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hamster

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Message Posted On Saturday, February 23rd 2013 at 6:06 am
Peter Wessel Zapffe was a Norwegian metaphysician, author and mountaineer. He was born 18 December 1899 Tromso, Norway and died 12 October 1990 Asker, Norway at age 90.

On Wikipedia: http://en.wikipedia.org/wiki/Peter_Wessel_Zapffe

Here are quotes from To Be A Human Being: The Philosopher Peter Wessel Zapffe In His 90th Year.

Each new generation asks what is the meaning of life? A more fertile way of putting the question would be why does man need a meaning to life?

Man is a tragic animal. Not because of his smallness, but because he is too well endowed. Man has longings and spiritual demands that reality cannot fulfil. We have expectations of a just and moral world. Man requires meaning in a meaningless world.

The seed of a metaphysical or religious defeat is in us all. For the honest questioner, however, who doesn't seek refuge in some faith or fantasy, there will never be an answer.

We come from an inconceivable nothingness, we stay a while in something which seems equally inconceivable, only to vanish, again into the inconceivable nothingness.

The immediate facts are what we must relate to. Darkness and light. Beginning and end.

Death is a terrible provocation. It appears almost everywhere presenting a stern, but effective, scale for both values and ethical standards.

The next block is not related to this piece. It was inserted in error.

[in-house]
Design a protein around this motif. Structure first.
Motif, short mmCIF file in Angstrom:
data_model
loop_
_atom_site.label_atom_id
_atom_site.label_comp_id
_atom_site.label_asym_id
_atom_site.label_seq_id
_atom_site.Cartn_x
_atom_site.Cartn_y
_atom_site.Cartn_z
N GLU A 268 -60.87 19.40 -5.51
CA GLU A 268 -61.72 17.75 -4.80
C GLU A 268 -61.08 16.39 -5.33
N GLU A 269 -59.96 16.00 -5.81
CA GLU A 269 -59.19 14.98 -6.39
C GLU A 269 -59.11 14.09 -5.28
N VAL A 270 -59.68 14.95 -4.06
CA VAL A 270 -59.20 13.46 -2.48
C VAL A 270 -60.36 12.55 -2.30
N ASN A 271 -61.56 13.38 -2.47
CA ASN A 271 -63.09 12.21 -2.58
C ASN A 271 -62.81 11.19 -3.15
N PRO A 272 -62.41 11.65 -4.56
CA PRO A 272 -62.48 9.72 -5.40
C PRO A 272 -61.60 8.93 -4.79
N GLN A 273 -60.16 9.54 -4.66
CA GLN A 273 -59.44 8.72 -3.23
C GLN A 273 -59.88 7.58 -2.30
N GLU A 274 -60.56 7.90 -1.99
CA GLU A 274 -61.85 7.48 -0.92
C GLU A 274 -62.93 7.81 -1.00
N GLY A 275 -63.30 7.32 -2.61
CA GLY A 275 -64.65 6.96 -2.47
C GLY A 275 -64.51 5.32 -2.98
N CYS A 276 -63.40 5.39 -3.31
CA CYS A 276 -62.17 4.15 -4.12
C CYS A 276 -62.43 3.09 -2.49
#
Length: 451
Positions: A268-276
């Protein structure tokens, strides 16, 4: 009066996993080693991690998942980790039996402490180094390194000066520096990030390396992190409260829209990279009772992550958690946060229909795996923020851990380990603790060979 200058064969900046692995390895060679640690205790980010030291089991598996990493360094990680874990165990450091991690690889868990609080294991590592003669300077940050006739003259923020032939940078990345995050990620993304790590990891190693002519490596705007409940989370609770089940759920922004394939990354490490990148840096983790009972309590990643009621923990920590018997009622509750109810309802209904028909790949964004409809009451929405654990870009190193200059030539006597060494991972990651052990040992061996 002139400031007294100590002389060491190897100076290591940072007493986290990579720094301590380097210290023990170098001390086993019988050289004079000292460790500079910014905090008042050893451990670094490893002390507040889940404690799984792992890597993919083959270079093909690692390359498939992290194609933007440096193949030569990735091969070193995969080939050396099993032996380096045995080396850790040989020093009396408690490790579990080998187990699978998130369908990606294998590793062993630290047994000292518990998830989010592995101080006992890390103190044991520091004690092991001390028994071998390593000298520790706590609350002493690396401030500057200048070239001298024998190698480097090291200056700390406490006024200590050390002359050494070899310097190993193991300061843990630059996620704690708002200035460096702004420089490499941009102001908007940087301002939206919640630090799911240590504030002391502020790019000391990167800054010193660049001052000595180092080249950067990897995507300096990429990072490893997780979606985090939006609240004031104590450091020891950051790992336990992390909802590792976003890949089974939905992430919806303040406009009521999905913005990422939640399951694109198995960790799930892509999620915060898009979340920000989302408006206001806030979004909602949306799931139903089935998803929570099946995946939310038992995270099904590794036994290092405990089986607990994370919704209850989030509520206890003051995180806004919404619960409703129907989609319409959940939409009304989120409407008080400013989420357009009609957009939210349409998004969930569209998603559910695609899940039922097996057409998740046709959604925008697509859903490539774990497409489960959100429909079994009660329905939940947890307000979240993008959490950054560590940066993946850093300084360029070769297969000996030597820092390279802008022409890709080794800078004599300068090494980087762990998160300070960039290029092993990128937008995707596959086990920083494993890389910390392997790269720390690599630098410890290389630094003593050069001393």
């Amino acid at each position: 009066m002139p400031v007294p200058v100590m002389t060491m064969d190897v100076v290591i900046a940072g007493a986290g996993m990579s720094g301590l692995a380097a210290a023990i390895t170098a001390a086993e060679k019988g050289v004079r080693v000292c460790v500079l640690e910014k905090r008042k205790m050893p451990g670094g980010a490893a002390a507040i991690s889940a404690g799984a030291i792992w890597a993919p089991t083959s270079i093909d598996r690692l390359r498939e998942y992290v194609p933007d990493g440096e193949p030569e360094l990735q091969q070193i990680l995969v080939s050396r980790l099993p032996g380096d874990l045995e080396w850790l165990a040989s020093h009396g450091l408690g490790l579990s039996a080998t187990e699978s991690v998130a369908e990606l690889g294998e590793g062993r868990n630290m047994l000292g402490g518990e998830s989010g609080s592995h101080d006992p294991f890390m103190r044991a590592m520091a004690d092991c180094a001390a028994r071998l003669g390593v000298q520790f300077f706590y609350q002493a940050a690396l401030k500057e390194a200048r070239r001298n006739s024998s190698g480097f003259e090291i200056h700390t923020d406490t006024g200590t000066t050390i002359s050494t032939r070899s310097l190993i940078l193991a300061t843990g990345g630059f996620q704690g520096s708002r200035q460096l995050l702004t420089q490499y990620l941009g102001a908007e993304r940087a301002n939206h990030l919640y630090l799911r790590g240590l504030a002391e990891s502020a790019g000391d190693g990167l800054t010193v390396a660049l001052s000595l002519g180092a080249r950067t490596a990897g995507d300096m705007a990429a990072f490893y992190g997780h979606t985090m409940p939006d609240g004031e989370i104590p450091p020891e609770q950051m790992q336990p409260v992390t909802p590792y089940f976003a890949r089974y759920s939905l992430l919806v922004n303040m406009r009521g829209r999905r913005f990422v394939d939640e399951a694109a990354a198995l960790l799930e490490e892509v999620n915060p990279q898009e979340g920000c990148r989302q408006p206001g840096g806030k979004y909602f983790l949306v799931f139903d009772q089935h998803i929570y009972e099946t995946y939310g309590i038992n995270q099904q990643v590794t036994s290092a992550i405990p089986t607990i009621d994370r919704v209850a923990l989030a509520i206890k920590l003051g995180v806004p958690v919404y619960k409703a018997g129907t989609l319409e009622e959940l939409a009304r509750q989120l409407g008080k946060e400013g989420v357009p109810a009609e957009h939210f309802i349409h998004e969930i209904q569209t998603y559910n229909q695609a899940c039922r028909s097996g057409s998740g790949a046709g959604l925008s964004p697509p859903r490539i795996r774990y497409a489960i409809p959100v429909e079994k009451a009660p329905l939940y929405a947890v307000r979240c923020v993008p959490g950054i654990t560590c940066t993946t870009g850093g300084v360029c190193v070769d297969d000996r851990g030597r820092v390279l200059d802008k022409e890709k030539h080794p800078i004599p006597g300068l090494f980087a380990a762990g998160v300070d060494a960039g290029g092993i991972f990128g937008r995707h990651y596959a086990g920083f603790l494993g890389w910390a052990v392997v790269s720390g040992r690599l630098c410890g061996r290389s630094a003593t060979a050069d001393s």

Death is the most certain and the most uncertain event there is.

In accordance with my conception of life, I have chosen not to bring children into the world. A coin is examined and only after careful deliberation given to a beggar whereas a child is flung out into the cosmic brutality without hesitation.

Mankind ought to end its existence of its own will.

I myself am no longer very much afflicted by the thought of my own death. The synthesis Peter Wessel Zapffe did not originate until 1899, it was spared from immediate participation in the horrors of the previous years and it will not miss what awaits Mankind at the end of its vertiginous madness.

If one regards life and death as natural processes the metaphysical dread vanishes and one obtains peace of mind.

Other quotes:

Dear all of you who have come to say goodbye to the incarnation that was made available as an abode for my spiritual life. Say goodbye to the inscrutable synthesis that emerged in 1899 and kept together for 90 years, before it again disintegrated back into its inorganic elements.

Thank you for coming, all of you, and each specifically, each with his own perspective on this that has happened, in part foreseeably and in part as a fruit of pure happenstance. This, which we partly owe gratitude and must partly consider our perfidious foe – if we imagine a governing consciousness behind it all.

And if we do not, then we have in part been lucky in the great lottery, and in part drawn blanks or actual harm. But it often feels as though some consciousness is waiting in ambush to strike us in our vulnerable moments. In any case, we come from nothing and go to nothing and that is nothing to worry about.

Goodbye, everyone.

Evolution overdid its act when creating the human brain.
farhanktk

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Message Posted On Monday, May 20th 2013 at 7:07 am
hmm that is good all the time

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